14th CTS Professionalisation Talk 2019-20

On 27 May 2020, Barbara Bethäusser-Conte gave an 'Introduction to the Profession of Conference Interpreter'.

Barbara has been a professional conference interpreter for over 20 years and has been teaching German interpreting at Leeds for nine years. She is also a member of the International Association of Conference Interpreters (AIIC). In her webinar, Barbara gave advice on starting out in the profession after our training as postgraduate students, provided invaluable information about AIIC membership, and gave us an insight into how the Covid-19 crisis has affected the conference interpreting market.

Consecutive interpreting was the standard mode of conference interpreting at the beginning of the 20th century. That changed after WWII, when simultaneous interpreting was used for the first time at the Nuremberg Trials (1945-49). Since then, simultaneous interpreting has been the most frequently used mode of interpretation. Today we have ISO standards for conference equipment, Distance interpretation and new online training methods. However, the basic principles of simultaneous interpretation have remained the same to the present day.

In her talk, Barbara explained that an interpreter can choose to work either as a staff interpreter for an international organisation, called the “Agreement Sector” by AIIC, or as a freelancer, combining possible work for international organisations with work on the private market. She spoke about the administrative aspects of being a self-employed interpreter and presented guidance on how to deal with tax, insurance, accounting and many other business-related topics. She explained the process of being booked for an interpreting assignment and provided some do’s and don’ts within and outside the interpretation booth. Interpreters should obviously prepare thoroughly for assignments and only accept jobs with which they feel comfortable, but Barbara also emphasised the importance of debriefing and filing glossaries afterwards.

Barbara is an active member of AIIC, the only worldwide association representing conference interpreters. It was founded in 1953 and has over 3000 members from more than one hundred countries in 23 regions. AIIC not only helps to set global interpreting standards and secure good working conditions for its members, but also offers practical support and training. One part of this is Continuous Professional Development and there are also global networks within the Association, such as VEGA, through which young interpreters can receive help and advice from more seasoned colleagues. Barbara also provided information on how to become an AIIC member. An interpreter must perform 150 days of interpreting assignments and needs to be sponsored by AIIC members with the same language combination to be able to join the association.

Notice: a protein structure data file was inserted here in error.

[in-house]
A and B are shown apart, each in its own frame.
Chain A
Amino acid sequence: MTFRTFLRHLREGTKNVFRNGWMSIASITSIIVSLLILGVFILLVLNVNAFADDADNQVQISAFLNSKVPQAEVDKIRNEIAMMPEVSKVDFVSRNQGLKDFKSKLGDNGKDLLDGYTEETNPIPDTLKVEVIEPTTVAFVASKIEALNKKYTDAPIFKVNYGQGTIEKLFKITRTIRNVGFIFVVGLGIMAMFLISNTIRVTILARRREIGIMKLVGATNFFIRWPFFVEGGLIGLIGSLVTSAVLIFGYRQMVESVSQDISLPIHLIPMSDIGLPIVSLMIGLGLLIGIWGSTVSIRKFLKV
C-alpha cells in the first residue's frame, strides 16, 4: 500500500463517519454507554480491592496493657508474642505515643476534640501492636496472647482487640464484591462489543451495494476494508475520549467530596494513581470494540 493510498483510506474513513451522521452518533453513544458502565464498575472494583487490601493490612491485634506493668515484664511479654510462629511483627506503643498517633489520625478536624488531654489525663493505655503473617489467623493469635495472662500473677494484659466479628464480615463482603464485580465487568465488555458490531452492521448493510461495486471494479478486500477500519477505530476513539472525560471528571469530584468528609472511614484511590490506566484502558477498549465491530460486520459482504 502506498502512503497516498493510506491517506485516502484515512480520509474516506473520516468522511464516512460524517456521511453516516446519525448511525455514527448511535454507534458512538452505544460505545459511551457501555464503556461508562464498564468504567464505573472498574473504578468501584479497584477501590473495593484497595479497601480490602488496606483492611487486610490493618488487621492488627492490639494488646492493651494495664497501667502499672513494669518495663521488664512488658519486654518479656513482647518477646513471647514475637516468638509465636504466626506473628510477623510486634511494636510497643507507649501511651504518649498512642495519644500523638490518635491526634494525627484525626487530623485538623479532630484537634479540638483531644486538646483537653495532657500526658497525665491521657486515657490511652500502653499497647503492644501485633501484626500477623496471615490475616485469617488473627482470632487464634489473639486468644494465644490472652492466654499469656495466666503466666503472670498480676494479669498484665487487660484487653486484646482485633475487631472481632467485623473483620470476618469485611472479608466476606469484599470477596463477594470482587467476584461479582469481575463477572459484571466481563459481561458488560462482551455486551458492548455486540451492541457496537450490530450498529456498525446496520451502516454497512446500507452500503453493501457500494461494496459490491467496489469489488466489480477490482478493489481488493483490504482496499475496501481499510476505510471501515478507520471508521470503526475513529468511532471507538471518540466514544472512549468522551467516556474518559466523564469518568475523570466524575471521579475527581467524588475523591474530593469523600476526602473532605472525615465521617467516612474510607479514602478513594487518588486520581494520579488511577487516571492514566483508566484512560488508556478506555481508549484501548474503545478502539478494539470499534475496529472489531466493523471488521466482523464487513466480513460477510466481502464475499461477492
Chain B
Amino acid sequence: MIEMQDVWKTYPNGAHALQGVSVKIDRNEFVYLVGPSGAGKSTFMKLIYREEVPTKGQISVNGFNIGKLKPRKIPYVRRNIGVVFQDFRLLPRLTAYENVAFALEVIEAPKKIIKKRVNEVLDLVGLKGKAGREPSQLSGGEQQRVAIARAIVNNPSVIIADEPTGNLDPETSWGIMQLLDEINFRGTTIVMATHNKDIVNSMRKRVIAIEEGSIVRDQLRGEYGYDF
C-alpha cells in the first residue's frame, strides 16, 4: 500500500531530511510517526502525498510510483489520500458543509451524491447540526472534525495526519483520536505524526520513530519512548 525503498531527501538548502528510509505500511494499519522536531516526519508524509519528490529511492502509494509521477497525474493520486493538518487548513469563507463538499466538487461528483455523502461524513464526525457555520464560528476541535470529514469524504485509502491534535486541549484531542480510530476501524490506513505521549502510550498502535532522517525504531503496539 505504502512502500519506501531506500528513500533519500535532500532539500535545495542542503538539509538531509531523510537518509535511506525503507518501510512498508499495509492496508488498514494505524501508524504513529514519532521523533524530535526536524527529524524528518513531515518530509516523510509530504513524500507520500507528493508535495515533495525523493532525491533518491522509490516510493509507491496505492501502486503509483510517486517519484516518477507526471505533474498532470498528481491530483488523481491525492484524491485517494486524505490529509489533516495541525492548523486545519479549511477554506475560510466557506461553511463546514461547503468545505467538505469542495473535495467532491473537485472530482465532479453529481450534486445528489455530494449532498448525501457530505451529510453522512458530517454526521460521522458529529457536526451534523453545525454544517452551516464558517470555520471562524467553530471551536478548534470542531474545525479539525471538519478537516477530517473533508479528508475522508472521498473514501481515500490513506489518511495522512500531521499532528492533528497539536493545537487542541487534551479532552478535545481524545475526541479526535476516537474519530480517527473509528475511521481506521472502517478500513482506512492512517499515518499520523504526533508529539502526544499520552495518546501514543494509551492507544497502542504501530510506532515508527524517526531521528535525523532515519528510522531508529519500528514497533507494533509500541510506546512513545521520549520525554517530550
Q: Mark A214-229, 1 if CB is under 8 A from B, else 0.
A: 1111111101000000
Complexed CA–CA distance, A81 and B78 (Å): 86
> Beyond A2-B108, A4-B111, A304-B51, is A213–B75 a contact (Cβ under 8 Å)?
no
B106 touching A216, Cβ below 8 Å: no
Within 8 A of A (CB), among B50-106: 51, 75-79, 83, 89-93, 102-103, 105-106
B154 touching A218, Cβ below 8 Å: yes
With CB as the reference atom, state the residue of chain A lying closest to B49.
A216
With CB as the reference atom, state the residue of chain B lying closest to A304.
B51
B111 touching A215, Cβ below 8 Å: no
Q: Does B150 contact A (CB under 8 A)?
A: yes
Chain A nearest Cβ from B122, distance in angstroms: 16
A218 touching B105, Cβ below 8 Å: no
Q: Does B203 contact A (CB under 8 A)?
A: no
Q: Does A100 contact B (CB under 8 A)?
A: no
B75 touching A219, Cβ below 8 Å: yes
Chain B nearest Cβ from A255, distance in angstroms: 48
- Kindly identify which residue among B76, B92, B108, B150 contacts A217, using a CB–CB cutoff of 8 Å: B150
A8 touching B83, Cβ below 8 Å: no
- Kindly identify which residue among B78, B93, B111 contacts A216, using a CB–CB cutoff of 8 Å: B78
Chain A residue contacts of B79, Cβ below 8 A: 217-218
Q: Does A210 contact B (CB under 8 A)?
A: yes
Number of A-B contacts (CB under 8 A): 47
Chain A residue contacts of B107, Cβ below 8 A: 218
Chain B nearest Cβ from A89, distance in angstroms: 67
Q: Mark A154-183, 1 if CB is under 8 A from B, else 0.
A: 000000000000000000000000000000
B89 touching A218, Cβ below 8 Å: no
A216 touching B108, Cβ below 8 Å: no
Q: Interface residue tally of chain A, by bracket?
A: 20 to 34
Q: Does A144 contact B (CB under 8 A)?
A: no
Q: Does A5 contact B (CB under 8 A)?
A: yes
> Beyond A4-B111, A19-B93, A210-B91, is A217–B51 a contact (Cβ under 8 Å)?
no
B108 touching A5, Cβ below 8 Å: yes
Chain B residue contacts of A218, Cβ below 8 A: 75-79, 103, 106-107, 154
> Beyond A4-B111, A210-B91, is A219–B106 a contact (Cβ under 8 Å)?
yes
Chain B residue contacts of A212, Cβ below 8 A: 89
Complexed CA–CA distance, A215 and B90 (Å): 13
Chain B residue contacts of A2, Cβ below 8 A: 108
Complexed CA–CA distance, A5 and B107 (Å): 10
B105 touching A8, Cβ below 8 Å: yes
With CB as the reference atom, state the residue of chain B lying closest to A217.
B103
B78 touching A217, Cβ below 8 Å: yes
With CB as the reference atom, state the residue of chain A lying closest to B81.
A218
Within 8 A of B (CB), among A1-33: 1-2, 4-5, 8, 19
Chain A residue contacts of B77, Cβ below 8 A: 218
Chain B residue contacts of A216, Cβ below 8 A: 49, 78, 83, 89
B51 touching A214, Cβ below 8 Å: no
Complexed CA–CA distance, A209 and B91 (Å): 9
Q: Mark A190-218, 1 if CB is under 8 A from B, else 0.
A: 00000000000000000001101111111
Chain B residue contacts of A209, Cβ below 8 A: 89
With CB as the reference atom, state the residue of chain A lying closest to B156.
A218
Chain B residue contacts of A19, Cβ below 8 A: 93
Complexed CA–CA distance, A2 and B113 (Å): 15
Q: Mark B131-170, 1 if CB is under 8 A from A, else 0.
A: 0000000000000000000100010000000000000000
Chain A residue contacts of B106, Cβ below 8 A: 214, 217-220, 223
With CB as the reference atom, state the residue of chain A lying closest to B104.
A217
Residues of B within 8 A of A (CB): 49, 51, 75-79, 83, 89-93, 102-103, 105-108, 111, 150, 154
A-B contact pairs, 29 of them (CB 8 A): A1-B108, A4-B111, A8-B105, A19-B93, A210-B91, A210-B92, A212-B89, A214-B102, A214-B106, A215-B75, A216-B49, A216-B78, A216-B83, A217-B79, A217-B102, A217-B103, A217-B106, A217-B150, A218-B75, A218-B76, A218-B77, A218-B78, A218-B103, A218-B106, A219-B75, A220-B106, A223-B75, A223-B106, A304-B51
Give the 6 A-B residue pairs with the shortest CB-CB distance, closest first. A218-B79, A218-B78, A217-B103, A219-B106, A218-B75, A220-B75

The coronavirus crisis has shown that many professions can also be exercised remotely as well as in traditional settings. Interpreting has been no exception to this. The concept of Distance Interpreting (DI) had existed prior to Covid-19, but had remained a relatively marginal phenomenon until March 2020. Multilingualism has clearly suffered during the present crisis, as DI has temporarily become the only viable means of enabling multilingualism, despite the fact that the technology has not yet been perfected. AIIC recognises that face-to-face interpretation may entail a public health risk at the moment and so, while physical distancing measures are still in force, DI is the only option. AIIC’s preference during Covid-19 is for interpreters to work from hubs in locations to which interpreters can travel safely and where all possible measures have been undertaken to ensure the safety of onsite interpreters and technicians. We should not forget that conference interpretation is teamwork.

The talk gave us an informative insight into various aspects of the interpreting profession. It was an important addition to the skills-focused training course for us interpreting students, and highly interesting for all CTS students.

Report written by the CTS student: Aurelia Zia